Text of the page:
May 29, 2013


Diane M. Fremgen

Clerk of Court of Appeals







This opinion is subject to further editing.  If published, the official version will appear in the bound volume of the Official Reports. 


A party may file with the Supreme Court a petition to review an adverse decision by the Court of Appeals.  See Wis. Stat. § 808.10 and Rule 809.62. 





Appeal No. 


Cir. Ct. No.  1997CF975395









State of Wisconsin,






Mickey Jerome Critton,







            APPEAL from an order of the circuit court for Milwaukee County:  MICHAEL GUOLEE, Judge.  Affirmed.

            Before Curley, P.J., Fine and Kessler, JJ.

1        PER CURIAM.    Mickey Jerome Critton, pro se, appeals from an order denying his motion for sentence modification.  We affirm.



2        This is the fourth time that this court will decide an issue related to Critton’s 1999 conviction for cocaine and firearm offenses.  We affirmed his conviction and sentence in 2000.  See State v. Critton, No. 1999AP2033-CR, unpublished slip op. (WI App Aug. 3, 2000).  We affirmed the denial of his postconviction and reconsideration motions in 2003.  See State v. Critton, No. 2001AP3254, unpublished slip op. (WI App Aug. 12, 2003).  Finally, in 2007, we again affirmed the denial of postconviction motions.  See State v. Critton, No. 2006AP1913, unpublished slip op. (WI App May 8, 2007).

3        Critton’s first two appeals both included issues related to sentencing, as does this appeal.[1]  At sentencing, the State asked the sentencing court to impose an indeterminate sentence of thirty-five years for Critton’s conviction for possession with intent to deliver cocaine and a consecutive two-year sentence for being a felon in possession of a firearm.  The sentencing court indicated that the recommendation seemed high “even with the two priors,” and it asked how Critton would have been sentenced in the federal system.  Trial counsel suggested that they could get that information with a telephone call to the United States Attorney’s Office.  The sentencing hearing was adjourned.

4        At the continued sentencing hearing, the sentencing court explained that given the State’s recommendation, it “thought it would be appropriate to at least make a rough determination about how this case might come out under the federal sentencing guidelines for proportionality purposes because the state and federal governments have essentially concurrent jurisdiction over drug prosecutions.”  The sentencing court and the parties learned from a federal prosecutor that the sentencing range for the two crimes would have been seventeen to twenty years in the federal system.  The sentencing court said that the comparison of the federal sentencing guidelines was “instructive” and that it thought the comparison “will have some influence on the sentence in this case.”  The sentencing court imposed a sentence of thirty years on the cocaine count and a consecutive sentence of two years on the firearm count.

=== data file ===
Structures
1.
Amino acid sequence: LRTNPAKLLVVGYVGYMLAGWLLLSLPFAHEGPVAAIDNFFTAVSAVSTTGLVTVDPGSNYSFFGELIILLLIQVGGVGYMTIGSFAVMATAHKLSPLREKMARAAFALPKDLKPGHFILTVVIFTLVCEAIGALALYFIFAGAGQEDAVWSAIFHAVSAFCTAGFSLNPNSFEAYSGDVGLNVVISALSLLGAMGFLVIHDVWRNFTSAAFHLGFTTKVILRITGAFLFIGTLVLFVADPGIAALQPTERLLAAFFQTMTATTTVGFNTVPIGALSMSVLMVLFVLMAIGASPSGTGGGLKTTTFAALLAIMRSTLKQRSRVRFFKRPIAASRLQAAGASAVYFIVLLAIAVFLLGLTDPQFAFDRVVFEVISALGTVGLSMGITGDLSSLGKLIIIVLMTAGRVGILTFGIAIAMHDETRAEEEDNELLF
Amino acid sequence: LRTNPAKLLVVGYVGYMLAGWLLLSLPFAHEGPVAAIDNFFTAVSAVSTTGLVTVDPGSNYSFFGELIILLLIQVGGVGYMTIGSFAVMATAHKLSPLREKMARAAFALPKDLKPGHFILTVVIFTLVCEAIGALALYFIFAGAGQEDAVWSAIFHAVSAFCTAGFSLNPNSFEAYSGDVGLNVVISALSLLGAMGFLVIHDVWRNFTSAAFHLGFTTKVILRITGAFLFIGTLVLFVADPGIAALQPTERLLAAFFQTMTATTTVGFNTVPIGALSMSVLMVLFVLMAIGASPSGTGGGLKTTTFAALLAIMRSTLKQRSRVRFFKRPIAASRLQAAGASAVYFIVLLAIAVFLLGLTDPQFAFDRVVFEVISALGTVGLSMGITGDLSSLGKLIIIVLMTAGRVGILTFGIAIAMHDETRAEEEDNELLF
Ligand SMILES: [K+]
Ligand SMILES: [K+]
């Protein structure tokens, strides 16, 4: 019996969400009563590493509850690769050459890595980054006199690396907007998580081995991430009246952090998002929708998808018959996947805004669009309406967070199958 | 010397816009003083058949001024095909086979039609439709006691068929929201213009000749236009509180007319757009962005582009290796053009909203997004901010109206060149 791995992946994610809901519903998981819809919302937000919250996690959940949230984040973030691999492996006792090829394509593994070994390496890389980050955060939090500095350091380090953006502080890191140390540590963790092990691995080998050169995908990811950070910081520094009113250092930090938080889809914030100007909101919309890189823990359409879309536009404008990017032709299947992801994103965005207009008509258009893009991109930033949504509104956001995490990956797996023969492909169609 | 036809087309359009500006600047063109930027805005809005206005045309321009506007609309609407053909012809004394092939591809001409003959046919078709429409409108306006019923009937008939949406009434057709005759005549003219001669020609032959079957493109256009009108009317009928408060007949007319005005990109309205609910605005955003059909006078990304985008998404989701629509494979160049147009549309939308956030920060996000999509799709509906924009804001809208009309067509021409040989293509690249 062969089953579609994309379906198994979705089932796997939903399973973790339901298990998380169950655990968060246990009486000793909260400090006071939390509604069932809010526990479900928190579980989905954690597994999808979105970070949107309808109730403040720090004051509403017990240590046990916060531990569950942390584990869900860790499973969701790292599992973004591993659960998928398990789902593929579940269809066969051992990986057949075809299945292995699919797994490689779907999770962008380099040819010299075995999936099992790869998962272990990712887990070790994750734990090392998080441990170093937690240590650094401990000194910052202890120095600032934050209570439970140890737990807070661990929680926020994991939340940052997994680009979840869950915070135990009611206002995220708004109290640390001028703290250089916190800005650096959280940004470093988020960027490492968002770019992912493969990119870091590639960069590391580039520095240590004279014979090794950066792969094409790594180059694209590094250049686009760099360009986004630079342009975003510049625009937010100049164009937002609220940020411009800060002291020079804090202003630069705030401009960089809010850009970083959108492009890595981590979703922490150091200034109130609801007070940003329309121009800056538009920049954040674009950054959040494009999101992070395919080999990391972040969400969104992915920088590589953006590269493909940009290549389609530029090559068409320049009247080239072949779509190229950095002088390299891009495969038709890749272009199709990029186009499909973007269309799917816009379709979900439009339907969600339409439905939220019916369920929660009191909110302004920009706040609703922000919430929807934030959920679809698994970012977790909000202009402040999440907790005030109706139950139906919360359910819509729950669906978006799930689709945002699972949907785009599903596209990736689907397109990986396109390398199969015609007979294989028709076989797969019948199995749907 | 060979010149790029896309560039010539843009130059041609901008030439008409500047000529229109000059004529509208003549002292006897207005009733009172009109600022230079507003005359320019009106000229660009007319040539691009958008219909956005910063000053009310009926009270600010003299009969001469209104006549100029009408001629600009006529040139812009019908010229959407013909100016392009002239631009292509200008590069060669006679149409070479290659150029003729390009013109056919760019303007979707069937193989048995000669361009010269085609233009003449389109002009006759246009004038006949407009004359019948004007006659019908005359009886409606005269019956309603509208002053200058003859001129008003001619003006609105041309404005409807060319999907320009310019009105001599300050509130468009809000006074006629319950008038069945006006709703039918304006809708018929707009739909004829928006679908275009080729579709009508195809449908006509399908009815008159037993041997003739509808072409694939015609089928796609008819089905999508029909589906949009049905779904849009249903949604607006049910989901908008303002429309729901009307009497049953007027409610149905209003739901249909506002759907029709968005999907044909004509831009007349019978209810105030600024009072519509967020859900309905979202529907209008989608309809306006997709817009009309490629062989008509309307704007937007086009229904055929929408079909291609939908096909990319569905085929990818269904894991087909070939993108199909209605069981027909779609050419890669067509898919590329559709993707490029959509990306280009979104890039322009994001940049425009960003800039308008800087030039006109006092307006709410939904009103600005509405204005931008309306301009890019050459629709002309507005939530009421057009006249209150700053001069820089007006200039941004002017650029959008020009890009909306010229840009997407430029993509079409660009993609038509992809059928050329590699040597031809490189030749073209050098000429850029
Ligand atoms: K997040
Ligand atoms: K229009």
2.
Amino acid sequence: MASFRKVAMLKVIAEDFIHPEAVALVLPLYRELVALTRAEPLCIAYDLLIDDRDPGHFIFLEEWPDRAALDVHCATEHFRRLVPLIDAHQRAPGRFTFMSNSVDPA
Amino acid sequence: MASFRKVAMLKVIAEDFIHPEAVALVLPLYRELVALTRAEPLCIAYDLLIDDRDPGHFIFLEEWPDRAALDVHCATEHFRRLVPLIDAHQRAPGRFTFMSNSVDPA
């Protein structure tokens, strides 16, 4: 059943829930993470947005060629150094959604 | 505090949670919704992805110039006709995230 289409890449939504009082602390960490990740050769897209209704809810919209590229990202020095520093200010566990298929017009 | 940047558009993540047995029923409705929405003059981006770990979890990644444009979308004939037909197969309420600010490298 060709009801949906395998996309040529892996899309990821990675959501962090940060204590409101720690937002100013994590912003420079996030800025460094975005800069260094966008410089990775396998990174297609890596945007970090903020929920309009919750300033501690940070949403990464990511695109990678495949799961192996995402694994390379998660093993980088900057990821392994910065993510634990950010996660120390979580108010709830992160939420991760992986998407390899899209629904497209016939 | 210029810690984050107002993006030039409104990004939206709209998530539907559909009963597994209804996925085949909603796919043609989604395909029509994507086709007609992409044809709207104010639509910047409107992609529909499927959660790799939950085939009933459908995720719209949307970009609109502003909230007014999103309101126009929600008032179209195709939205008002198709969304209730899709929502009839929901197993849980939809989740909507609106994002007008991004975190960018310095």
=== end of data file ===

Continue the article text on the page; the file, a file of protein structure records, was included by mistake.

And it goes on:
5        In Critton’s first appeal, he argued that the sentencing court erroneously exercised its discretion, in part because it considered the federal sentencing guidelines.  In Critton’s second appeal, he argued that his trial counsel was ineffective for not properly advising Critton about the federal sentencing guidelines and for not objecting when the trial court considered the federal sentencing guidelines.  We rejected these arguments.

6        After Critton’s third appeal, he filed several pro se motions in the trial court seeking to modify his sentence because the federal sentencing guidelines were retroactively amended in 2007 to shorten the sentencing disparity between those convicted of dealing crack or cocaine base and those dealing powder cocaine.  Critton asserted that when the sentencing court determined what he would have received as a sentence in the federal system, it was considering the amount of cocaine base he had in his possession.

7        After initially finding the motions insufficient, the trial court later ordered briefing.[2]  The State asserted that the change in the federal sentencing guidelines was not a “new factor” that warranted sentence modification.  At a hearing on Critton’s motion, the trial court discussed whether Critton was seeking sentence modification or a new sentencing and whether he might be entitled to either, noting that Critton had made a compelling case that the retroactive amendment of the federal sentencing guidelines was a new factor that justified relief because the sentencing court had relied on the federal sentencing guidelines.

8        At a subsequent hearing, with Critton represented by retained counsel, the parties discussed the fact that the federal sentencing guidelines were likely to be amended again in the near future.  The hearing was postponed.

9        At the third hearing, which was held in September 2009, the parties informed the trial court that they had agreed to stipulate to a sentence modification pursuant to which Critton would be sentenced to a total of twenty years for both crimes, rather than the thirty-two years originally imposed.  Critton’s counsel noted that the stipulation was made with “the understanding that the Federal Sentencing Guidelines are changing and subsequent litigation could come out of this case allowing it to go to the Court of Appeals, to come back, and that there would be years more of litigation with this case.”  Critton’s counsel continued:

            The parties have come to an agreement—other than litigating it one way or another—that a fair and reasonable sentence at the end of the day would be a twenty-year sentence by way of stipulation.  Obviously … [the trial court] doesn’t have to follow that, and I have talked to the defendant with regard to that, but that is what we are proposing with the understanding that the litigation of this lawsuit would then end.

10      The State added that the stipulation was taking into account the additional changes to the federal sentencing guidelines that would take effect in November 2009.  The State explained:  “We anticipated that, and Mr. Critton knows that he will not be able to bring this again as an issue in November, as it was considered in advance in our stipulation here.”  The State also said that it was joining the stipulation—even though it did not agree that Critton had established a new factor justifying sentence modification—because it believed the stipulation would accomplish the State’s sentencing goals and was a fair sentence.

11      The trial court engaged in a colloquy with Critton about the stipulation.  It discussed whether Critton would prefer to seek resentencing, which could increase or decrease his sentence, or the stipulated modification.  Critton answered several questions indicating that he understood the stipulation and wanted the trial court to accept it.

12      The trial court adopted the parties’ stipulation for sentence modification and modified Critton’s sentence on the cocaine count so that he was ordered to serve eighteen years, rather than thirty years.  The two-year consecutive sentence for the firearm count remained the same.